ADELAIDE, AUSTRALIA. There is still considerable controversy regarding the role of long chain omega- 3 polyunsaturated fatty acids (PUFAs) in infant development and little attention has been paid to the requirements of mothers for these nutrients. Two researchers at the University of Adelaide have just released a review of existing research findings concerning these subjects. One clinical trial found that women who supplemented with fish oil (1.5 grams eicosapentaenoic acid [EPA] and 1 gram docosahexaenoic acid [DHA] daily) from their 30th week of pregnancy extended the pregnancy by 4 days and gave birth to infants weighing an average of 100 grams more that infants born to mothers supplementing with placebos (olive oil). Other studies have failed to confirm these effects. A recent study found that DHA levels decrease rapidly in women after giving birth independent of whether they are breastfeeding or not.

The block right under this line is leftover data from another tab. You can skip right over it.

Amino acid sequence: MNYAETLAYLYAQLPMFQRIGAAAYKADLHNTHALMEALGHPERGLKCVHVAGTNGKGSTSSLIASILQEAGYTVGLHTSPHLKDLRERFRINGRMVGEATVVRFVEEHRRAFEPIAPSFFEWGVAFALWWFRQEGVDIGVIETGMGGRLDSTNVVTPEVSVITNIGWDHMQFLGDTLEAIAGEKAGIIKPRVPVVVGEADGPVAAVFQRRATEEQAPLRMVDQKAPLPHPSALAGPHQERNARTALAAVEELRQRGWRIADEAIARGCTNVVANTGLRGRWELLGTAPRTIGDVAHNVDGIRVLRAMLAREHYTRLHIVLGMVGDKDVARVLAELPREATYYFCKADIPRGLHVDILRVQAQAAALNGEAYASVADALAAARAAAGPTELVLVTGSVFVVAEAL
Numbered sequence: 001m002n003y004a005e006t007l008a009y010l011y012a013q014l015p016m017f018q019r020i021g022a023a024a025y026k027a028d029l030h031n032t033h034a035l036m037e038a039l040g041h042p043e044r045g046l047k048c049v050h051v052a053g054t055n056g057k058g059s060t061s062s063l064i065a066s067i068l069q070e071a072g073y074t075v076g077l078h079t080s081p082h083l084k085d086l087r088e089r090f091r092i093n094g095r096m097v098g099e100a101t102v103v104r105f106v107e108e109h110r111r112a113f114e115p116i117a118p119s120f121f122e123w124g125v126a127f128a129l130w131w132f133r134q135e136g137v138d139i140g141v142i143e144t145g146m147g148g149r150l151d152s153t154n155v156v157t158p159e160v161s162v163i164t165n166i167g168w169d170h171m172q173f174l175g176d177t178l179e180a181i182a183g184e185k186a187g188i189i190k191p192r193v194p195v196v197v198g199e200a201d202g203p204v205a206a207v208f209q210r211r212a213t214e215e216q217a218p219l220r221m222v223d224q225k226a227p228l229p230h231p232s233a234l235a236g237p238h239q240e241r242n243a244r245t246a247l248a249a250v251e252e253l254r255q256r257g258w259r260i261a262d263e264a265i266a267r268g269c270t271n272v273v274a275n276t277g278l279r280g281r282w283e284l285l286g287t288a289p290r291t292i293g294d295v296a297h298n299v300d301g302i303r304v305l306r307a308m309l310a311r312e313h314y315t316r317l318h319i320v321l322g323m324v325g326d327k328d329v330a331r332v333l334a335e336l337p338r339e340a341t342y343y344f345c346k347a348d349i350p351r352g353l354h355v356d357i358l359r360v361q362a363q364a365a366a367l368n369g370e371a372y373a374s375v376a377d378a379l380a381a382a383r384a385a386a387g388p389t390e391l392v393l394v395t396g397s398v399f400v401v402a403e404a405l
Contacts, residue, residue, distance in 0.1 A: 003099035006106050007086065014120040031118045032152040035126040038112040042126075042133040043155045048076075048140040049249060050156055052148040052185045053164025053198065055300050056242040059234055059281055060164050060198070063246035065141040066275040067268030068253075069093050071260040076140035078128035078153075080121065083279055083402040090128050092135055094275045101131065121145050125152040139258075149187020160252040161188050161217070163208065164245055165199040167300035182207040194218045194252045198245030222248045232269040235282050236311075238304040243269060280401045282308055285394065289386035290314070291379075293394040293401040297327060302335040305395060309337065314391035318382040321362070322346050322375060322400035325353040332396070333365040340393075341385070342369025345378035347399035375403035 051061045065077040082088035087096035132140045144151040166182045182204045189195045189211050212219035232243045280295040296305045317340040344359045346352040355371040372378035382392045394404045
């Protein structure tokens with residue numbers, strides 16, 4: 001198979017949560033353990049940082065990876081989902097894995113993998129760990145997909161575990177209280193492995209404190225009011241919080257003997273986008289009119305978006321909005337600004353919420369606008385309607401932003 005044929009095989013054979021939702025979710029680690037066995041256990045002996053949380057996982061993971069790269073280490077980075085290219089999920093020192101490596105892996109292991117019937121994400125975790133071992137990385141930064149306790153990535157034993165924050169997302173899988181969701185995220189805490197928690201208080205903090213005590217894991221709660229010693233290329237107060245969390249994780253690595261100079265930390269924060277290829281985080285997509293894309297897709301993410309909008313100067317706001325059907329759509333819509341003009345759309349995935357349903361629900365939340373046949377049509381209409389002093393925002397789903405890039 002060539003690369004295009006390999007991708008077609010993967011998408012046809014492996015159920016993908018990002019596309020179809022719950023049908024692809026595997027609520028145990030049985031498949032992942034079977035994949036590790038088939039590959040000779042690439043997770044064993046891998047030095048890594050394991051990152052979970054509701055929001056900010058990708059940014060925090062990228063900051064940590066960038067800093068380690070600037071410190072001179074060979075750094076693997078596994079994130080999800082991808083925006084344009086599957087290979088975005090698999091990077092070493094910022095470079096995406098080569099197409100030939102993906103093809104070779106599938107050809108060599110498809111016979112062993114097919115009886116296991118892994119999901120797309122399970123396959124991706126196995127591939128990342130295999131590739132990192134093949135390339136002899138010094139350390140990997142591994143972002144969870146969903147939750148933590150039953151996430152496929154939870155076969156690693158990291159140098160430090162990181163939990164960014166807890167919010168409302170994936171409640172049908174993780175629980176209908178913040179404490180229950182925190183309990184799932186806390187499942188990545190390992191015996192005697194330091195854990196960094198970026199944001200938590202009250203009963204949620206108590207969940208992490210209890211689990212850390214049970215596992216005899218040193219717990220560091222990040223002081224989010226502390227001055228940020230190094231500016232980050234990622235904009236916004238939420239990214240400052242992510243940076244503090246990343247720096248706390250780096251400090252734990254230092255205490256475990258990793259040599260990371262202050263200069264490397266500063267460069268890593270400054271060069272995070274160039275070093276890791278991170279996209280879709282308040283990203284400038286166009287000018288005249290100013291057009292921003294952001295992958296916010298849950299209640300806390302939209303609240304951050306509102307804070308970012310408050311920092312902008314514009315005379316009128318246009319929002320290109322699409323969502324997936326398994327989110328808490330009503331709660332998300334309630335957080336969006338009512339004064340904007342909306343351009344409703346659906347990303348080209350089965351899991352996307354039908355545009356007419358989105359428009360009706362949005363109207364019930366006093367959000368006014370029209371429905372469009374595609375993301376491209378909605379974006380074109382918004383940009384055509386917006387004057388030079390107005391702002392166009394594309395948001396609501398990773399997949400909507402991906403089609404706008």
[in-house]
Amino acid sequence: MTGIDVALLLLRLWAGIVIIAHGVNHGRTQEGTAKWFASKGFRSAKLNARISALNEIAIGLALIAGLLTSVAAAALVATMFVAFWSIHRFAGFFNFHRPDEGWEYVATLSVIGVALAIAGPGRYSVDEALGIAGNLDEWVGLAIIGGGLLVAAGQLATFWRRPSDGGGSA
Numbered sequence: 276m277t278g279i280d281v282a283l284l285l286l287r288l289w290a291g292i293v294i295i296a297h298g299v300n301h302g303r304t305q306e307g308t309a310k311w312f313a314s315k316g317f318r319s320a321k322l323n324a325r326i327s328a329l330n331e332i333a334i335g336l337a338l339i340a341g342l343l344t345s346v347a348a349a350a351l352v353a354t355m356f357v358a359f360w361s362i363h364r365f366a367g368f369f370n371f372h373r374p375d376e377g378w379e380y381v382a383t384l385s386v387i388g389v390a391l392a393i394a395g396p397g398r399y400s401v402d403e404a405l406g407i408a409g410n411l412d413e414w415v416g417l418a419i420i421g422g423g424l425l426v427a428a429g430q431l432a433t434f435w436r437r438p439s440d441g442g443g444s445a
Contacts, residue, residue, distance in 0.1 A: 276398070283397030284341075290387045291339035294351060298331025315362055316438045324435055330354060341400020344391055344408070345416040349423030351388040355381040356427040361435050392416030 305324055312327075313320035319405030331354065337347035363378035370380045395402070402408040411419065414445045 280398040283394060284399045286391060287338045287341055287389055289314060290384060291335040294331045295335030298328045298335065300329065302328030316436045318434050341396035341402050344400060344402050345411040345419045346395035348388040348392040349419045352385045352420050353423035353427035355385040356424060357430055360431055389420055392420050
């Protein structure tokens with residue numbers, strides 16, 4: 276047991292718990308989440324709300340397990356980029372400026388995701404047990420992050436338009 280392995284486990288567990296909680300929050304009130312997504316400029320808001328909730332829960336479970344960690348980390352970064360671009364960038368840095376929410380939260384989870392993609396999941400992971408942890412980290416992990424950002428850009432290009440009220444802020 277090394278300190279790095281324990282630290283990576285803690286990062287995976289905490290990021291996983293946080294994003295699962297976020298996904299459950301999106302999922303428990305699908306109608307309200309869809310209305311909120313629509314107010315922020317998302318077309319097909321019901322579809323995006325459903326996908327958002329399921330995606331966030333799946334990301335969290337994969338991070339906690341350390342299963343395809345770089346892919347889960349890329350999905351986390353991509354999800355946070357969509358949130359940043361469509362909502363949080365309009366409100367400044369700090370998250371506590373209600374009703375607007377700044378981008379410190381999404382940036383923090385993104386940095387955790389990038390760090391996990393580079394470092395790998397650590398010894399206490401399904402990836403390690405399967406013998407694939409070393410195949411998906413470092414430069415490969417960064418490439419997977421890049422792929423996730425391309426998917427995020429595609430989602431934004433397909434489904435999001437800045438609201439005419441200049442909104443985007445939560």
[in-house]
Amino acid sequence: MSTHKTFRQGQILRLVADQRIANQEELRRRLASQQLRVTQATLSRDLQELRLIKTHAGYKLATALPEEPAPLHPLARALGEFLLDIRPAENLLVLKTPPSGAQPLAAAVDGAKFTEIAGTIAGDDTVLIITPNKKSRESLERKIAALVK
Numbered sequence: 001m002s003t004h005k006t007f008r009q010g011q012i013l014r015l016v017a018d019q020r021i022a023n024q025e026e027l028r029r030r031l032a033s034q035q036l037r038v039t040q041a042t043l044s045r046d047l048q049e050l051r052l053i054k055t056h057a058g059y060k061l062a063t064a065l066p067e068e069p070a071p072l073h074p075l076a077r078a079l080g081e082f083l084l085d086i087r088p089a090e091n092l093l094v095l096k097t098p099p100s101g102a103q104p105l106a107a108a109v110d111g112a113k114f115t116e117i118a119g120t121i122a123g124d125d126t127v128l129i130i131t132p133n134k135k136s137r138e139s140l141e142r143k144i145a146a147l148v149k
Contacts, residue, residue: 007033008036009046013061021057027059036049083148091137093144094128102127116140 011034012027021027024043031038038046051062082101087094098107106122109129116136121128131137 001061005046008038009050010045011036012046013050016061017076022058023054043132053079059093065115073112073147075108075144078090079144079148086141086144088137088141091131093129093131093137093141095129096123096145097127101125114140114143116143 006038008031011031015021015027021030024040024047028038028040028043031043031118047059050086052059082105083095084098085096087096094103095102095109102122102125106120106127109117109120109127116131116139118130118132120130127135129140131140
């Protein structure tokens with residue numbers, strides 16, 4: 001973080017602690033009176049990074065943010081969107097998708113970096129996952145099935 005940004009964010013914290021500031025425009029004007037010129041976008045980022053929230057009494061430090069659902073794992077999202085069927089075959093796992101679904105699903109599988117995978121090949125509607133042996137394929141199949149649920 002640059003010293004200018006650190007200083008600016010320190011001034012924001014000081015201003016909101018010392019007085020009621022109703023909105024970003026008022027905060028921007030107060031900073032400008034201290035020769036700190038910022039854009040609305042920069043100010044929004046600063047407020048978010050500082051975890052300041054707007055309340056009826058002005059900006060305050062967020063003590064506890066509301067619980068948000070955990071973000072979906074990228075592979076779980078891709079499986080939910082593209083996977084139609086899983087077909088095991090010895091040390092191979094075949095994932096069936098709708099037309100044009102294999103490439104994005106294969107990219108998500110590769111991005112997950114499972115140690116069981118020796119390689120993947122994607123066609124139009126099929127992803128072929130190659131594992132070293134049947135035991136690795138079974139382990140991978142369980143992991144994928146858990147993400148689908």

There is speculation that this relative DHA deficiency could be a major factor in postpartum depression, but clinical trials are needed to confirm this. The deficiency can be completely eliminated by supplementing with 200 to 400 mg/day of DHA. The evidence concerning the benefits of maternal DHA supplementation on infant development is inconclusive. One study found that infants with an adequate DHA status at 3 months of age scored better on a mental development test at age 1 year, but not at 2 years of age. The researchers conclude that there is no evidence that maternal DHA supplementation is harmful and that it may have subtle benefits to both mother and infant. However, further clinical trials are needed to verify this.
Makrides, Maria and Gibson, Robert A. Long-chain polyunsaturated fatty acid requirements during pregnancy and lactation. American Journal of Clinical Nutrition, Vol. 71 (suppl), 2000, pp. 307S- 11S